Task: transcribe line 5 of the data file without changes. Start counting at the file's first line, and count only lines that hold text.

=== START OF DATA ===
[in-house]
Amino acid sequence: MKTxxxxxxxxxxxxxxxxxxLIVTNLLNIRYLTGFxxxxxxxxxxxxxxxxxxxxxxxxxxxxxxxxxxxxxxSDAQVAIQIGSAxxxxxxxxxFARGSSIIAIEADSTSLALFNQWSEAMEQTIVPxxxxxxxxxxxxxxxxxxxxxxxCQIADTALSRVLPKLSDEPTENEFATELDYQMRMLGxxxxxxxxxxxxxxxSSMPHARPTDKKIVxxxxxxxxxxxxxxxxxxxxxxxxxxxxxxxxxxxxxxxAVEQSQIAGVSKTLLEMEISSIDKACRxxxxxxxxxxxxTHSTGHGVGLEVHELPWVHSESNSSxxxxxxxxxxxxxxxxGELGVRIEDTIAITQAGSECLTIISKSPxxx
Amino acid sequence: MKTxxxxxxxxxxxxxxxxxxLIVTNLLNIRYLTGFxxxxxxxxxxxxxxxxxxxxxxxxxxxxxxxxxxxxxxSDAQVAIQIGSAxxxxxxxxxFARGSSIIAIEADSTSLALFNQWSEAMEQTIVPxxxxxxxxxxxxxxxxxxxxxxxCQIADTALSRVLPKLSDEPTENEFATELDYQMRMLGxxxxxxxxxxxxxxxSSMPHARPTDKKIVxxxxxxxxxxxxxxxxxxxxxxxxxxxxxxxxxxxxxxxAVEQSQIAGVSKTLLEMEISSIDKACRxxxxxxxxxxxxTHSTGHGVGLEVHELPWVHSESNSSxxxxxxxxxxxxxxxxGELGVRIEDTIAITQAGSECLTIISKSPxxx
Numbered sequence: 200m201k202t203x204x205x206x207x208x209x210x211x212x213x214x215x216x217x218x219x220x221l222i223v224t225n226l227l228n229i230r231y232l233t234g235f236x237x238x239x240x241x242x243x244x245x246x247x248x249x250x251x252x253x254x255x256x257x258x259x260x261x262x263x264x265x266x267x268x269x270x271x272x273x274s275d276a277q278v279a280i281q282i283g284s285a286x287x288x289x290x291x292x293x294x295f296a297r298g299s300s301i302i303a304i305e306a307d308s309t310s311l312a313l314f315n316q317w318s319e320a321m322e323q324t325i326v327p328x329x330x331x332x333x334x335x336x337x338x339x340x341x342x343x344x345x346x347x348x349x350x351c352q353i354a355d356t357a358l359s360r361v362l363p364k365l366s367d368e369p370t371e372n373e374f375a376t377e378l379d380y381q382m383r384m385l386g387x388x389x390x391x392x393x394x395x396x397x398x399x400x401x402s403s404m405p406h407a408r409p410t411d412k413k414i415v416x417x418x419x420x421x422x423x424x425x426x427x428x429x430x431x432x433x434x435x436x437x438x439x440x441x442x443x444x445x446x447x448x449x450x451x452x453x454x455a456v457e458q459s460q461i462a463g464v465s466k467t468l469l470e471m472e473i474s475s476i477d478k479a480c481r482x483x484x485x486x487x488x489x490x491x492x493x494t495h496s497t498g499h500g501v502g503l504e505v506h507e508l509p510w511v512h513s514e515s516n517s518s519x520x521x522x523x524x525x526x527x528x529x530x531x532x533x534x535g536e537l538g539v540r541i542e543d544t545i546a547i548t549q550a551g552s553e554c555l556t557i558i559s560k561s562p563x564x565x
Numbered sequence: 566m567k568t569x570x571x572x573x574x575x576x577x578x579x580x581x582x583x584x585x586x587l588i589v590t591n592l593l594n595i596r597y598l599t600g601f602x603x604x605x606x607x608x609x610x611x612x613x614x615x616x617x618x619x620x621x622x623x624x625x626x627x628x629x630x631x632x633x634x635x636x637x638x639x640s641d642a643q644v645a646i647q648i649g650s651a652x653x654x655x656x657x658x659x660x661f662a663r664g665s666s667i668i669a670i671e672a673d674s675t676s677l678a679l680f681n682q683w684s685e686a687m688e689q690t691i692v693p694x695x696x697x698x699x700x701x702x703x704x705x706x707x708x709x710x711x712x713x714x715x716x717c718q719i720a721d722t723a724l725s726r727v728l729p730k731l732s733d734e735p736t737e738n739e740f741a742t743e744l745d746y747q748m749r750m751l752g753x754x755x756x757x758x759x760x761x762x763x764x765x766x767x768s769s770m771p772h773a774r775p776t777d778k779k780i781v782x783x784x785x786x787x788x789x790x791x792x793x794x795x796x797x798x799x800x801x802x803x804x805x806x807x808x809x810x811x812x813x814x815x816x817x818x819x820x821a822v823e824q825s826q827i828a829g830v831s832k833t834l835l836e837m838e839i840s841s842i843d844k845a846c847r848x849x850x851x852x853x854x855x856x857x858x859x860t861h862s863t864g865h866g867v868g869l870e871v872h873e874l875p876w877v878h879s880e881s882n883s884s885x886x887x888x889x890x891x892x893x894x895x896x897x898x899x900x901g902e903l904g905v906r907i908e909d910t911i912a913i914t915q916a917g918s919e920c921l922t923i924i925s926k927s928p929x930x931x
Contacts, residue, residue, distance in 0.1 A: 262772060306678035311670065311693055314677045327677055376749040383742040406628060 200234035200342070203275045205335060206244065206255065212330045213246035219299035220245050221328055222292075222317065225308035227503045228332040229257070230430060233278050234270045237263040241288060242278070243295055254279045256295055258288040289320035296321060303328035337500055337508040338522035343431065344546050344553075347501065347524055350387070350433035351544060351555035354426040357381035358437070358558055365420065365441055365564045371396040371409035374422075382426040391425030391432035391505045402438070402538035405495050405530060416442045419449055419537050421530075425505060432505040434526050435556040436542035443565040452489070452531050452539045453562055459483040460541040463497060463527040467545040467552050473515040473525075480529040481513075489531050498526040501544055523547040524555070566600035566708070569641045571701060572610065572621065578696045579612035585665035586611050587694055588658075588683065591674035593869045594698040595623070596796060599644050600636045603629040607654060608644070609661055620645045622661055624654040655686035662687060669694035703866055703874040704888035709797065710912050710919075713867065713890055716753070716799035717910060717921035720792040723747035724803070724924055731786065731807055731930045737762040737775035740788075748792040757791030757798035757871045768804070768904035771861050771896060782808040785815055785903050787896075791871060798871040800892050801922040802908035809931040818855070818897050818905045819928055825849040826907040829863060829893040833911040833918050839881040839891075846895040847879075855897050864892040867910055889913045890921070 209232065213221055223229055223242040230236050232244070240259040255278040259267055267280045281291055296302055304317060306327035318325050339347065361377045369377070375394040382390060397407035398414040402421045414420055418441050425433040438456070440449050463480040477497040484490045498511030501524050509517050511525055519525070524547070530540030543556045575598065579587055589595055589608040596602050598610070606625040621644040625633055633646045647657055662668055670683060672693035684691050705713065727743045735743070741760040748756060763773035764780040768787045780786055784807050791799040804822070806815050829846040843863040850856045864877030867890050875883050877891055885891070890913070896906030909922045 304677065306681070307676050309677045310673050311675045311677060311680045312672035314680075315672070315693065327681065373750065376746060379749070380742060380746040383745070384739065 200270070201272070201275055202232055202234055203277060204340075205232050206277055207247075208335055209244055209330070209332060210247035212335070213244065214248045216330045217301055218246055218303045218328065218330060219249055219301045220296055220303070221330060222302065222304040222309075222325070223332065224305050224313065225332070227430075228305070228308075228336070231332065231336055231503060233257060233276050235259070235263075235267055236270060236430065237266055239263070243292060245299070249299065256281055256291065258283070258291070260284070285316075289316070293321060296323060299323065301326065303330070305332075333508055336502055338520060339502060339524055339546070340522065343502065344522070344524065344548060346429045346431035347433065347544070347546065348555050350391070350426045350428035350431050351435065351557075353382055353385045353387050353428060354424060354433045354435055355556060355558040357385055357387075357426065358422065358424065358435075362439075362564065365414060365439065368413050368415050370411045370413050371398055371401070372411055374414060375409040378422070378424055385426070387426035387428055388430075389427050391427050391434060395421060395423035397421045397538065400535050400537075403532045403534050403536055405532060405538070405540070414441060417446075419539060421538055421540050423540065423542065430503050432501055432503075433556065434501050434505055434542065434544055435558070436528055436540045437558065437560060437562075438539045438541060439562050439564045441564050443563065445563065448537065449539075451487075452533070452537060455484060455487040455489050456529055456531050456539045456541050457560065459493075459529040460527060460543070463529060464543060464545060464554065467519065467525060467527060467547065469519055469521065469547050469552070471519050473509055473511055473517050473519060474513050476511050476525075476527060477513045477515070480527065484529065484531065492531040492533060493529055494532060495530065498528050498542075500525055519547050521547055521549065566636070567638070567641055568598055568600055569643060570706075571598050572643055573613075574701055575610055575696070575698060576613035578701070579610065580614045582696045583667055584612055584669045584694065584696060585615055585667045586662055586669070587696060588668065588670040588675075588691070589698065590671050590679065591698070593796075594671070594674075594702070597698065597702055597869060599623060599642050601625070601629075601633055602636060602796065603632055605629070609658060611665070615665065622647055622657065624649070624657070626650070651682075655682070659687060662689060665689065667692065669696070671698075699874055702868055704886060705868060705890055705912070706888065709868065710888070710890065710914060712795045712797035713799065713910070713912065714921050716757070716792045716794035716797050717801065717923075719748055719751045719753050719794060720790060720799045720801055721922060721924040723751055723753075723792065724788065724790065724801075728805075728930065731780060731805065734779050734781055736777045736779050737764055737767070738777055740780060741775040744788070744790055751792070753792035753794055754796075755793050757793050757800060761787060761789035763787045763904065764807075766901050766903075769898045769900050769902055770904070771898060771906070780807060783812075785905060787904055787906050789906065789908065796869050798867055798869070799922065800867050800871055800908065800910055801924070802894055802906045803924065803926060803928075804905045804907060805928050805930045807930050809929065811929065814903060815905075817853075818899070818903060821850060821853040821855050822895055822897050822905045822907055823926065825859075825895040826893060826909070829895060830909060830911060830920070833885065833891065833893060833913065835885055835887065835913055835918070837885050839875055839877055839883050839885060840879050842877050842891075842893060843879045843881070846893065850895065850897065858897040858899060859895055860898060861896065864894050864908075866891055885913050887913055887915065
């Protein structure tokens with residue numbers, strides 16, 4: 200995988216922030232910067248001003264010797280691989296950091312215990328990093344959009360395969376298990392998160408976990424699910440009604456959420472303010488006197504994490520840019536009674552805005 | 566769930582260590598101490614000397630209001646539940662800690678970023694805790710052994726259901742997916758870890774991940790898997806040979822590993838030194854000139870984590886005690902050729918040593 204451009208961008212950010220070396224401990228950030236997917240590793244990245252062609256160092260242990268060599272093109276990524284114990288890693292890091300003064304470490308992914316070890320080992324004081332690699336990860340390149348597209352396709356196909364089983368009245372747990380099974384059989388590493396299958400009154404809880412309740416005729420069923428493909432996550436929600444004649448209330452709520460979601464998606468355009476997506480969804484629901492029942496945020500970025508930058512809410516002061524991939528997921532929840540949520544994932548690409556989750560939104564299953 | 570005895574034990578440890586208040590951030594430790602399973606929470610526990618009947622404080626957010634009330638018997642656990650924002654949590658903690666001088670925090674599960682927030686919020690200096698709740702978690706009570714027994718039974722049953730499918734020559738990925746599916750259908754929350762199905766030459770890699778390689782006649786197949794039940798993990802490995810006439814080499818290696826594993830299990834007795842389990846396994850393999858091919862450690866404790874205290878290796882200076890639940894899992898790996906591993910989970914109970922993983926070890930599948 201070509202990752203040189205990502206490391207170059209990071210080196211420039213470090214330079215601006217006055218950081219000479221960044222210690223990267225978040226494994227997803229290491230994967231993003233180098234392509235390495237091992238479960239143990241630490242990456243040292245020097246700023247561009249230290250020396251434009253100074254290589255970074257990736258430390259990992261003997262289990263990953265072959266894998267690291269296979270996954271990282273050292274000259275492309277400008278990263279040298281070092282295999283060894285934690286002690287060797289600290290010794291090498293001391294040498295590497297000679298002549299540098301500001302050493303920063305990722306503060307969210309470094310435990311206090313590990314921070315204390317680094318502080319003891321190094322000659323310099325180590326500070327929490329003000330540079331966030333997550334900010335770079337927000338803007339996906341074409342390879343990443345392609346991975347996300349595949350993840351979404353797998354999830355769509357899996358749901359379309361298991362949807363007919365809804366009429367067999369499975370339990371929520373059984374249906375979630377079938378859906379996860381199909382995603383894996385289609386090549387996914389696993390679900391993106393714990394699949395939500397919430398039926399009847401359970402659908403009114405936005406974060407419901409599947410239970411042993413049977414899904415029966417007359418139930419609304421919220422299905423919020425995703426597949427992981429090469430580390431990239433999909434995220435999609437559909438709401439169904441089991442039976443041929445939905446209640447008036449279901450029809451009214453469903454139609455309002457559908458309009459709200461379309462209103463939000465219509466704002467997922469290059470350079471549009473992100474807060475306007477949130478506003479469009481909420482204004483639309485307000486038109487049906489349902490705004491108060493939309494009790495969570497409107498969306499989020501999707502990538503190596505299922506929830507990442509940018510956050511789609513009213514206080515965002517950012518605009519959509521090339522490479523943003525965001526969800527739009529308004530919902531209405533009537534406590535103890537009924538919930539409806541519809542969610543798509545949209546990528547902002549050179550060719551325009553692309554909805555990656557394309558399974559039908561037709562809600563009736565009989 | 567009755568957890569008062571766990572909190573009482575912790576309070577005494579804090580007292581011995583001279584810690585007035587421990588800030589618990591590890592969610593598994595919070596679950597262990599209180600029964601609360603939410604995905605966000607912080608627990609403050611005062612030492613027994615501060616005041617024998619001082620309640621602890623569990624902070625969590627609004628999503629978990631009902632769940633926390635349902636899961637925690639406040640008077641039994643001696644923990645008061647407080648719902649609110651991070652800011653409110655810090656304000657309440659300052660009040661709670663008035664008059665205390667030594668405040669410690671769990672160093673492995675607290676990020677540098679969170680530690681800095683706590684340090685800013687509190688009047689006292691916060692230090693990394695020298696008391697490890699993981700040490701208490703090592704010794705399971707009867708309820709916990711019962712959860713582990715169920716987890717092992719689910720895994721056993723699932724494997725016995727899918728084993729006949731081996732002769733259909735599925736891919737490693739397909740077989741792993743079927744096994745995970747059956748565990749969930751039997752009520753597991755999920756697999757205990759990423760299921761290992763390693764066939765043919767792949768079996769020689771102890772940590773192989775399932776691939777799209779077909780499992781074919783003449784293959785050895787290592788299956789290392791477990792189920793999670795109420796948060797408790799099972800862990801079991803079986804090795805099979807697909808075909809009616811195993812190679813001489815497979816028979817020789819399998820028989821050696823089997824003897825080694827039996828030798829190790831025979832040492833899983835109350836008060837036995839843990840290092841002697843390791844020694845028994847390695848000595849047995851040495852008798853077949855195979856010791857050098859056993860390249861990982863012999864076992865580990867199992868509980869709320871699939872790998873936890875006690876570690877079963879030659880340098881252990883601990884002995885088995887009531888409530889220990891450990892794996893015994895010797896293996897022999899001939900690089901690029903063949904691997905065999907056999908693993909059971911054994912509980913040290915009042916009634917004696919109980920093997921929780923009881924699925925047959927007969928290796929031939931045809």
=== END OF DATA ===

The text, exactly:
Numbered sequence: 566m567k568t569x570x571x572x573x574x575x576x577x578x579x580x581x582x583x584x585x586x587l588i589v590t591n592l593l594n595i596r597y598l599t600g601f602x603x604x605x606x607x608x609x610x611x612x613x614x615x616x617x618x619x620x621x622x623x624x625x626x627x628x629x630x631x632x633x634x635x636x637x638x639x640s641d642a643q644v645a646i647q648i649g650s651a652x653x654x655x656x657x658x659x660x661f662a663r664g665s666s667i668i669a670i671e672a673d674s675t676s677l678a679l680f681n682q683w684s685e686a687m688e689q690t691i692v693p694x695x696x697x698x699x700x701x702x703x704x705x706x707x708x709x710x711x712x713x714x715x716x717c718q719i720a721d722t723a724l725s726r727v728l729p730k731l732s733d734e735p736t737e738n739e740f741a742t743e744l745d746y747q748m749r750m751l752g753x754x755x756x757x758x759x760x761x762x763x764x765x766x767x768s769s770m771p772h773a774r775p776t777d778k779k780i781v782x783x784x785x786x787x788x789x790x791x792x793x794x795x796x797x798x799x800x801x802x803x804x805x806x807x808x809x810x811x812x813x814x815x816x817x818x819x820x821a822v823e824q825s826q827i828a829g830v831s832k833t834l835l836e837m838e839i840s841s842i843d844k845a846c847r848x849x850x851x852x853x854x855x856x857x858x859x860t861h862s863t864g865h866g867v868g869l870e871v872h873e874l875p876w877v878h879s880e881s882n883s884s885x886x887x888x889x890x891x892x893x894x895x896x897x898x899x900x901g902e903l904g905v906r907i908e909d910t911i912a913i914t915q916a917g918s919e920c921l922t923i924i925s926k927s928p929x930x931x